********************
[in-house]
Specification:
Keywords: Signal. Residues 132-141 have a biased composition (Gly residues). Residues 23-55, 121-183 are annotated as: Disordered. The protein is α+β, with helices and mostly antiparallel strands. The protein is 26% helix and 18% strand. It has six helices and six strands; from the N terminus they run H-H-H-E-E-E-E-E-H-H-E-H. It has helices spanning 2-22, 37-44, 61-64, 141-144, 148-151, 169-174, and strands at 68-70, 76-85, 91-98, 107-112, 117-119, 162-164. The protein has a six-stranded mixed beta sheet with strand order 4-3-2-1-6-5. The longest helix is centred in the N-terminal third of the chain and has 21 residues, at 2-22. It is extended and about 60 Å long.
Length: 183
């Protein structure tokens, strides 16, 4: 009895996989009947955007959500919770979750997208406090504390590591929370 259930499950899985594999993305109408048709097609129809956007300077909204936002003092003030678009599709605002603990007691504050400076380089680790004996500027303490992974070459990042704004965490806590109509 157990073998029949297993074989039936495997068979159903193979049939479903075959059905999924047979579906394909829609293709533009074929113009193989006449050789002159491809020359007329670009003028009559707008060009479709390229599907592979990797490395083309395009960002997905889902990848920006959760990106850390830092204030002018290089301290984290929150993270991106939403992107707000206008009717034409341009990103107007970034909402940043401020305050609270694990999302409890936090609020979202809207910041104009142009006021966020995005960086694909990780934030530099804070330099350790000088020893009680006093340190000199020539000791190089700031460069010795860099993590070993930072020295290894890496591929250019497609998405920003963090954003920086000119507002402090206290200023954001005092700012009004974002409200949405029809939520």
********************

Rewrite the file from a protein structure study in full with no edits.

[in-house]
Specification:
Keywords: Signal. Residues 132-141 have a biased composition (Gly residues). Residues 23-55, 121-183 are annotated as: Disordered. The protein is α+β, with helices and mostly antiparallel strands. The protein is 26% helix and 18% strand. It has six helices and six strands; from the N terminus they run H-H-H-E-E-E-E-E-H-H-E-H. It has helices spanning 2-22, 37-44, 61-64, 141-144, 148-151, 169-174, and strands at 68-70, 76-85, 91-98, 107-112, 117-119, 162-164. The protein has a six-stranded mixed beta sheet with strand order 4-3-2-1-6-5. The longest helix is centred in the N-terminal third of the chain and has 21 residues, at 2-22. It is extended and about 60 Å long.
Length: 183
């Protein structure tokens, strides 16, 4: 009895996989009947955007959500919770979750997208406090504390590591929370 259930499950899985594999993305109408048709097609129809956007300077909204936002003092003030678009599709605002603990007691504050400076380089680790004996500027303490992974070459990042704004965490806590109509 157990073998029949297993074989039936495997068979159903193979049939479903075959059905999924047979579906394909829609293709533009074929113009193989006449050789002159491809020359007329670009003028009559707008060009479709390229599907592979990797490395083309395009960002997905889902990848920006959760990106850390830092204030002018290089301290984290929150993270991106939403992107707000206008009717034409341009990103107007970034909402940043401020305050609270694990999302409890936090609020979202809207910041104009142009006021966020995005960086694909990780934030530099804070330099350790000088020893009680006093340190000199020539000791190089700031460069010795860099993590070993930072020295290894890496591929250019497609998405920003963090954003920086000119507002402090206290200023954001005092700012009004974002409200949405029809939520």